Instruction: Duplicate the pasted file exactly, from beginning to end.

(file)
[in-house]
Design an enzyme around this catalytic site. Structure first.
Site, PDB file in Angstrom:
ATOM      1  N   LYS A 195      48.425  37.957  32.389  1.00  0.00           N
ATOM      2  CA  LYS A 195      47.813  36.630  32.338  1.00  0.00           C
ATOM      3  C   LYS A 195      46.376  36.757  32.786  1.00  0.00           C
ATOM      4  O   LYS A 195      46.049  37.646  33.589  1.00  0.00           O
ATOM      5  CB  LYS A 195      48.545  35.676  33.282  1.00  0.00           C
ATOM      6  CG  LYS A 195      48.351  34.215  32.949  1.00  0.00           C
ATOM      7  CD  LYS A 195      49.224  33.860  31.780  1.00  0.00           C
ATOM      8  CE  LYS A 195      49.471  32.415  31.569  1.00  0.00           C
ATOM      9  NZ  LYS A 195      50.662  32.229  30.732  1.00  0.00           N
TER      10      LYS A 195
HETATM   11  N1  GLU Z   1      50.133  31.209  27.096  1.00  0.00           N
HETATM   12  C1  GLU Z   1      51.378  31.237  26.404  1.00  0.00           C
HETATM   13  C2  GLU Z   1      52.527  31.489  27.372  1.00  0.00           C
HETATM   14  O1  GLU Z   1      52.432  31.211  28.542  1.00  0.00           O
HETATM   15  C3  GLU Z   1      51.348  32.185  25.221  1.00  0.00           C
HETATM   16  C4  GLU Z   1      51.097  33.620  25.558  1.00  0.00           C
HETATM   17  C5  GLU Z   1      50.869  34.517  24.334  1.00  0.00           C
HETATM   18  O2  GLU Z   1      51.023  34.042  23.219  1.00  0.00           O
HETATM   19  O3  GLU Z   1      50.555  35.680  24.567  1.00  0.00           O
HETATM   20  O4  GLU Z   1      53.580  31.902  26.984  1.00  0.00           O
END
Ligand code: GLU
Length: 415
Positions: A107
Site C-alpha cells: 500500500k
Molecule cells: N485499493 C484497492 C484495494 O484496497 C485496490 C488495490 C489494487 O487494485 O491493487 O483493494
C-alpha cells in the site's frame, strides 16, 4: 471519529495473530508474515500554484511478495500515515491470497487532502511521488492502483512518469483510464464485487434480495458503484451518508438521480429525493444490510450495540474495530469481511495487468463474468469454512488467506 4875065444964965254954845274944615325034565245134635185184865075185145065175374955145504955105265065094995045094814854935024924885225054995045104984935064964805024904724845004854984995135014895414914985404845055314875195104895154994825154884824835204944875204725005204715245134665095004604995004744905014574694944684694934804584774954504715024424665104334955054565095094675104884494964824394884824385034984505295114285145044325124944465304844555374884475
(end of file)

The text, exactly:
[in-house]
Design an enzyme around this catalytic site. Structure first.
Site, PDB file in Angstrom:
ATOM      1  N   LYS A 195      48.425  37.957  32.389  1.00  0.00           N
ATOM      2  CA  LYS A 195      47.813  36.630  32.338  1.00  0.00           C
ATOM      3  C   LYS A 195      46.376  36.757  32.786  1.00  0.00           C
ATOM      4  O   LYS A 195      46.049  37.646  33.589  1.00  0.00           O
ATOM      5  CB  LYS A 195      48.545  35.676  33.282  1.00  0.00           C
ATOM      6  CG  LYS A 195      48.351  34.215  32.949  1.00  0.00           C
ATOM      7  CD  LYS A 195      49.224  33.860  31.780  1.00  0.00           C
ATOM      8  CE  LYS A 195      49.471  32.415  31.569  1.00  0.00           C
ATOM      9  NZ  LYS A 195      50.662  32.229  30.732  1.00  0.00           N
TER      10      LYS A 195
HETATM   11  N1  GLU Z   1      50.133  31.209  27.096  1.00  0.00           N
HETATM   12  C1  GLU Z   1      51.378  31.237  26.404  1.00  0.00           C
HETATM   13  C2  GLU Z   1      52.527  31.489  27.372  1.00  0.00           C
HETATM   14  O1  GLU Z   1      52.432  31.211  28.542  1.00  0.00           O
HETATM   15  C3  GLU Z   1      51.348  32.185  25.221  1.00  0.00           C
HETATM   16  C4  GLU Z   1      51.097  33.620  25.558  1.00  0.00           C
HETATM   17  C5  GLU Z   1      50.869  34.517  24.334  1.00  0.00           C
HETATM   18  O2  GLU Z   1      51.023  34.042  23.219  1.00  0.00           O
HETATM   19  O3  GLU Z   1      50.555  35.680  24.567  1.00  0.00           O
HETATM   20  O4  GLU Z   1      53.580  31.902  26.984  1.00  0.00           O
END
Ligand code: GLU
Length: 415
Positions: A107
Site C-alpha cells: 500500500k
Molecule cells: N485499493 C484497492 C484495494 O484496497 C485496490 C488495490 C489494487 O487494485 O491493487 O483493494
C-alpha cells in the site's frame, strides 16, 4: 471519529495473530508474515500554484511478495500515515491470497487532502511521488492502483512518469483510464464485487434480495458503484451518508438521480429525493444490510450495540474495530469481511495487468463474468469454512488467506 4875065444964965254954845274944615325034565245134635185184865075185145065175374955145504955105265065094995045094814854935024924885225054995045104984935064964805024904724845004854984995135014895414914985404845055314875195104895154994825154884824835204944875204725005204715245134665095004604995004744905014574694944684694934804584774954504715024424665104334955054565095094675104884494964824394884824385034984505295114285145044325124944465304844555374884475